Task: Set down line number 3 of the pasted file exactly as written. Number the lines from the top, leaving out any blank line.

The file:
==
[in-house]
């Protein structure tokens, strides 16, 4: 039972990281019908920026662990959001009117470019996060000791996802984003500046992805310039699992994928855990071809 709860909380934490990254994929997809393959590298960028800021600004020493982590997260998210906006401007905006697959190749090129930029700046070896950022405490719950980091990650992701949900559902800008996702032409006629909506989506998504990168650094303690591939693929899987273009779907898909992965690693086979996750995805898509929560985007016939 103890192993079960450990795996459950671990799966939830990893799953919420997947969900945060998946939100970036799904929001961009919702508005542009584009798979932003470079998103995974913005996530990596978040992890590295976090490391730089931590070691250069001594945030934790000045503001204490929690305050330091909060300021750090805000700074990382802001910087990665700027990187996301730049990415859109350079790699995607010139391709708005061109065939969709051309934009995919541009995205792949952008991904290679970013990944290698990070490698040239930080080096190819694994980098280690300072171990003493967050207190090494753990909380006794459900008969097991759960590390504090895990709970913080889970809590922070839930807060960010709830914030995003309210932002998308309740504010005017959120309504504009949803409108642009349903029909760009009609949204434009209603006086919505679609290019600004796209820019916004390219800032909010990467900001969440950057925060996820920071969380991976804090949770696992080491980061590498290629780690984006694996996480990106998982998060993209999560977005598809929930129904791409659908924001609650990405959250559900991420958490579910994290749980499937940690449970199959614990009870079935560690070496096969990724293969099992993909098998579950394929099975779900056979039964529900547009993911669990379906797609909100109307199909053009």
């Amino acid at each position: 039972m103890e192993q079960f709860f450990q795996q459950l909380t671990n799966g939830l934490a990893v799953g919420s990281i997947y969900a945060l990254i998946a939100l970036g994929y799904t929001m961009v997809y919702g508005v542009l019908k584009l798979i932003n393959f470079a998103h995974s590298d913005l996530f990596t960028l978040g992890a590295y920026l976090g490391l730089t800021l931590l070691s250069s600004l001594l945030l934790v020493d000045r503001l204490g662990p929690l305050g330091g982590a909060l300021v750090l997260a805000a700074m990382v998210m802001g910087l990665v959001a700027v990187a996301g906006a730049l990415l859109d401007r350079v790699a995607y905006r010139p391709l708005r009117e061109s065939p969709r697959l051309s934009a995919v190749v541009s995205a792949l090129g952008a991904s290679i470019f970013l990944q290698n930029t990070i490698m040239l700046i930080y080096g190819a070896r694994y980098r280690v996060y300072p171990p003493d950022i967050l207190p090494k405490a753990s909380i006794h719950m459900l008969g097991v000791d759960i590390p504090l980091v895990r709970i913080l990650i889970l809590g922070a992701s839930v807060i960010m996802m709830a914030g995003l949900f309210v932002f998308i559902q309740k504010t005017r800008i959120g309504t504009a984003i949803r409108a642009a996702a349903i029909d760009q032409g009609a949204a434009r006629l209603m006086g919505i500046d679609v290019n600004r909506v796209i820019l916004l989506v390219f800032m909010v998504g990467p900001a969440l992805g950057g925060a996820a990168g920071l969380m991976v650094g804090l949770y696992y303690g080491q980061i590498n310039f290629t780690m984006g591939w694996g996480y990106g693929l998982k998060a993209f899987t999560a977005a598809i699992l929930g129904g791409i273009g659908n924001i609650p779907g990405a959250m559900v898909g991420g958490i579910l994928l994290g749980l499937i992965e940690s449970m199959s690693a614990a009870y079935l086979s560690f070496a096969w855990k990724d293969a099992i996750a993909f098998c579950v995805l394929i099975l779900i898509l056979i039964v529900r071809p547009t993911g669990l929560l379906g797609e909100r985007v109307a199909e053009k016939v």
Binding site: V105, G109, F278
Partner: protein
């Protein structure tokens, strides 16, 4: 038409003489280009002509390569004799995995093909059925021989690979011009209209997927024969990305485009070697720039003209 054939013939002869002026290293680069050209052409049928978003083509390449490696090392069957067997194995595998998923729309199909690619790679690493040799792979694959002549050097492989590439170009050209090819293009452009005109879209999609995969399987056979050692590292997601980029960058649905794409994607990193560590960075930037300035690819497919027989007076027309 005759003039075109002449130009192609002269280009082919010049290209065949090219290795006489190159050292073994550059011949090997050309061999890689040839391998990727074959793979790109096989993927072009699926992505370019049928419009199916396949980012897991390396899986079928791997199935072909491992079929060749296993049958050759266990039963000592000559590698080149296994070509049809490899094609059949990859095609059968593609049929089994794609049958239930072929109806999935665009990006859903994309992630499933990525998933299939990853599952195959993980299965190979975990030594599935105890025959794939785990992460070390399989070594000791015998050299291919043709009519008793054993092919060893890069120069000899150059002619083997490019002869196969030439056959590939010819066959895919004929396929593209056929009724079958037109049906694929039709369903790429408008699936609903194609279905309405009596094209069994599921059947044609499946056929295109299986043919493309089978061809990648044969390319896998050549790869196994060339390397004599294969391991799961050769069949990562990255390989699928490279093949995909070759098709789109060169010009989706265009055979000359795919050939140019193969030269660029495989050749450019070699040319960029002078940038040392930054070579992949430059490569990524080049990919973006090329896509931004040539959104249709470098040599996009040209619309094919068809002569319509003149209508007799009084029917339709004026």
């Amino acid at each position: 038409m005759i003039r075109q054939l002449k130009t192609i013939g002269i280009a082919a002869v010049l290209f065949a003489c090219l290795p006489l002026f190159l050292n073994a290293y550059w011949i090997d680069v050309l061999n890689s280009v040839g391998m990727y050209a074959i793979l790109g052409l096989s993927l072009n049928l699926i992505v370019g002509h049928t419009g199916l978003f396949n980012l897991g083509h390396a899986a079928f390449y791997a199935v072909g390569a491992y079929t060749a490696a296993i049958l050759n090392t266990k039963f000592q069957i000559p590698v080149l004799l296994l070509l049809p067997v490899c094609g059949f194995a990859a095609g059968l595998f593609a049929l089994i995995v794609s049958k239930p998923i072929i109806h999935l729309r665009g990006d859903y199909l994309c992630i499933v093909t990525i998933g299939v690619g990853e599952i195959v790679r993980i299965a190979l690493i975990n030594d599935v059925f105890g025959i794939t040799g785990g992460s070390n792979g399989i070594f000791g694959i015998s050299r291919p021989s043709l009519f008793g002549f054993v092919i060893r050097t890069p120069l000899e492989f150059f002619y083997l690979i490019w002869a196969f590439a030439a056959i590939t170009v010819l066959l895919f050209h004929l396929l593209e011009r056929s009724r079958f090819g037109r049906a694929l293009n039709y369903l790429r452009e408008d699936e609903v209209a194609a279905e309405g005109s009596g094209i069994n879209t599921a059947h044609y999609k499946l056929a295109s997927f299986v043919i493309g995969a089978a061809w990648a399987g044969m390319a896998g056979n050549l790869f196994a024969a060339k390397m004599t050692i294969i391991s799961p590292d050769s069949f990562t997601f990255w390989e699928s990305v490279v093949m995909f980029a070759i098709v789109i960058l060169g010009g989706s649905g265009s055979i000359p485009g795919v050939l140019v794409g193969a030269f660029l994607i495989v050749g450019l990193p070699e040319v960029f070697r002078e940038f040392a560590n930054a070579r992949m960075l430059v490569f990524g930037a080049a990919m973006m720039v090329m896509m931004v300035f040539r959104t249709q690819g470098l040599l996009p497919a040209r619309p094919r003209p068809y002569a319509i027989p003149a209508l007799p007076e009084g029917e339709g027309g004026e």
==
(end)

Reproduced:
């Amino acid at each position: 039972m103890e192993q079960f709860f450990q795996q459950l909380t671990n799966g939830l934490a990893v799953g919420s990281i997947y969900a945060l990254i998946a939100l970036g994929y799904t929001m961009v997809y919702g508005v542009l019908k584009l798979i932003n393959f470079a998103h995974s590298d913005l996530f990596t960028l978040g992890a590295y920026l976090g490391l730089t800021l931590l070691s250069s600004l001594l945030l934790v020493d000045r503001l204490g662990p929690l305050g330091g982590a909060l300021v750090l997260a805000a700074m990382v998210m802001g910087l990665v959001a700027v990187a996301g906006a730049l990415l859109d401007r350079v790699a995607y905006r010139p391709l708005r009117e061109s065939p969709r697959l051309s934009a995919v190749v541009s995205a792949l090129g952008a991904s290679i470019f970013l990944q290698n930029t990070i490698m040239l700046i930080y080096g190819a070896r694994y980098r280690v996060y300072p171990p003493d950022i967050l207190p090494k405490a753990s909380i006794h719950m459900l008969g097991v000791d759960i590390p504090l980091v895990r709970i913080l990650i889970l809590g922070a992701s839930v807060i960010m996802m709830a914030g995003l949900f309210v932002f998308i559902q309740k504010t005017r800008i959120g309504t504009a984003i949803r409108a642009a996702a349903i029909d760009q032409g009609a949204a434009r006629l209603m006086g919505i500046d679609v290019n600004r909506v796209i820019l916004l989506v390219f800032m909010v998504g990467p900001a969440l992805g950057g925060a996820a990168g920071l969380m991976v650094g804090l949770y696992y303690g080491q980061i590498n310039f290629t780690m984006g591939w694996g996480y990106g693929l998982k998060a993209f899987t999560a977005a598809i699992l929930g129904g791409i273009g659908n924001i609650p779907g990405a959250m559900v898909g991420g958490i579910l994928l994290g749980l499937i992965e940690s449970m199959s690693a614990a009870y079935l086979s560690f070496a096969w855990k990724d293969a099992i996750a993909f098998c579950v995805l394929i099975l779900i898509l056979i039964v529900r071809p547009t993911g669990l929560l379906g797609e909100r985007v109307a199909e053009k016939v």